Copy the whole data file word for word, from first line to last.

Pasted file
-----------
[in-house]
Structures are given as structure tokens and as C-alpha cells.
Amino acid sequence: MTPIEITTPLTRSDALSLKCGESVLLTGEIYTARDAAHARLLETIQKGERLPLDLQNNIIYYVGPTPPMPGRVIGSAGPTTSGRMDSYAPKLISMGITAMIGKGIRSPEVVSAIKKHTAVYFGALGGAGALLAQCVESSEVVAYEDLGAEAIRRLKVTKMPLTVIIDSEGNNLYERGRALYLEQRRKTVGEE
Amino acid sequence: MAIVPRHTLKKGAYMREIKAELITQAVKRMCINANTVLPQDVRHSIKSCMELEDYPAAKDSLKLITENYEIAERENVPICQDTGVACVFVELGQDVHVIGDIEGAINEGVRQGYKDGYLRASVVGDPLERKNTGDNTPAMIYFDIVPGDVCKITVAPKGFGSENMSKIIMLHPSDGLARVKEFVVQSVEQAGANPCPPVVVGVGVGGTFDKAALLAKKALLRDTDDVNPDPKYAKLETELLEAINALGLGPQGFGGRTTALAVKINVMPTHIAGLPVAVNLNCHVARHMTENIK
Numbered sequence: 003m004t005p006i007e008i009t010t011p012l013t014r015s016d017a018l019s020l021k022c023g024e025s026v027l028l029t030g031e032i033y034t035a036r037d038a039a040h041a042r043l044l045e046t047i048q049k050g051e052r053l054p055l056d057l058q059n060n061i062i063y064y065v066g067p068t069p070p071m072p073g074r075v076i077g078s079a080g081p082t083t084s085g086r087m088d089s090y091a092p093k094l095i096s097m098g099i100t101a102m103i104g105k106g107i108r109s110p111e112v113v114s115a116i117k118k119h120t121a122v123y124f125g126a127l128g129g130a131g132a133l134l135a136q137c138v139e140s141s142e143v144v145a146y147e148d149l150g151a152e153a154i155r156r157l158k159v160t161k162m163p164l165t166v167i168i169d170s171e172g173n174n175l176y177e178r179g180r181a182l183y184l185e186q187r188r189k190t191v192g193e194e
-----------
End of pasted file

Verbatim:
[in-house]
Structures are given as structure tokens and as C-alpha cells.
Amino acid sequence: MTPIEITTPLTRSDALSLKCGESVLLTGEIYTARDAAHARLLETIQKGERLPLDLQNNIIYYVGPTPPMPGRVIGSAGPTTSGRMDSYAPKLISMGITAMIGKGIRSPEVVSAIKKHTAVYFGALGGAGALLAQCVESSEVVAYEDLGAEAIRRLKVTKMPLTVIIDSEGNNLYERGRALYLEQRRKTVGEE
Amino acid sequence: MAIVPRHTLKKGAYMREIKAELITQAVKRMCINANTVLPQDVRHSIKSCMELEDYPAAKDSLKLITENYEIAERENVPICQDTGVACVFVELGQDVHVIGDIEGAINEGVRQGYKDGYLRASVVGDPLERKNTGDNTPAMIYFDIVPGDVCKITVAPKGFGSENMSKIIMLHPSDGLARVKEFVVQSVEQAGANPCPPVVVGVGVGGTFDKAALLAKKALLRDTDDVNPDPKYAKLETELLEAINALGLGPQGFGGRTTALAVKINVMPTHIAGLPVAVNLNCHVARHMTENIK
Numbered sequence: 003m004t005p006i007e008i009t010t011p012l013t014r015s016d017a018l019s020l021k022c023g024e025s026v027l028l029t030g031e032i033y034t035a036r037d038a039a040h041a042r043l044l045e046t047i048q049k050g051e052r053l054p055l056d057l058q059n060n061i062i063y064y065v066g067p068t069p070p071m072p073g074r075v076i077g078s079a080g081p082t083t084s085g086r087m088d089s090y091a092p093k094l095i096s097m098g099i100t101a102m103i104g105k106g107i108r109s110p111e112v113v114s115a116i117k118k119h120t121a122v123y124f125g126a127l128g129g130a131g132a133l134l135a136q137c138v139e140s141s142e143v144v145a146y147e148d149l150g151a152e153a154i155r156r157l158k159v160t161k162m163p164l165t166v167i168i169d170s171e172g173n174n175l176y177e178r179g180r181a182l183y184l185e186q187r188r189k190t191v192g193e194e